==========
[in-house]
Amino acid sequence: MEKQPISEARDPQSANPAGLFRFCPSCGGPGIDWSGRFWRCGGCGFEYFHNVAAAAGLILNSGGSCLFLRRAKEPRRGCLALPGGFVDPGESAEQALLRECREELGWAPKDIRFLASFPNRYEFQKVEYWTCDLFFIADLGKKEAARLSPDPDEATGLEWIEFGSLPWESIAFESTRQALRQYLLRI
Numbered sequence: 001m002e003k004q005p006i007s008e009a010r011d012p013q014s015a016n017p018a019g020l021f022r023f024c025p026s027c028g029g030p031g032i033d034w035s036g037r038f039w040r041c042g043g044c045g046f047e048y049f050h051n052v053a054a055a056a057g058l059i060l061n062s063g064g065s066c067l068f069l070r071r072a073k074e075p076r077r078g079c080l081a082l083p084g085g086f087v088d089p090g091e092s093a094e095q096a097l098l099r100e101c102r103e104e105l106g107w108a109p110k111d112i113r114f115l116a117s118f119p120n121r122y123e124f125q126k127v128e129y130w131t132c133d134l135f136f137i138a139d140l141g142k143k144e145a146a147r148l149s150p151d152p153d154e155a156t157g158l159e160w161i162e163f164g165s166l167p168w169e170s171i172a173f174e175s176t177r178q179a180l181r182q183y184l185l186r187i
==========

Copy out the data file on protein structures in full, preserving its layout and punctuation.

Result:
[in-house]
Amino acid sequence: MEKQPISEARDPQSANPAGLFRFCPSCGGPGIDWSGRFWRCGGCGFEYFHNVAAAAGLILNSGGSCLFLRRAKEPRRGCLALPGGFVDPGESAEQALLRECREELGWAPKDIRFLASFPNRYEFQKVEYWTCDLFFIADLGKKEAARLSPDPDEATGLEWIEFGSLPWESIAFESTRQALRQYLLRI
Numbered sequence: 001m002e003k004q005p006i007s008e009a010r011d012p013q014s015a016n017p018a019g020l021f022r023f024c025p026s027c028g029g030p031g032i033d034w035s036g037r038f039w040r041c042g043g044c045g046f047e048y049f050h051n052v053a054a055a056a057g058l059i060l061n062s063g064g065s066c067l068f069l070r071r072a073k074e075p076r077r078g079c080l081a082l083p084g085g086f087v088d089p090g091e092s093a094e095q096a097l098l099r100e101c102r103e104e105l106g107w108a109p110k111d112i113r114f115l116a117s118f119p120n121r122y123e124f125q126k127v128e129y130w131t132c133d134l135f136f137i138a139d140l141g142k143k144e145a146a147r148l149s150p151d152p153d154e155a156t157g158l159e160w161i162e163f164g165s166l167p168w169e170s171i172a173f174e175s176t177r178q179a180l181r182q183y184l185l186r187i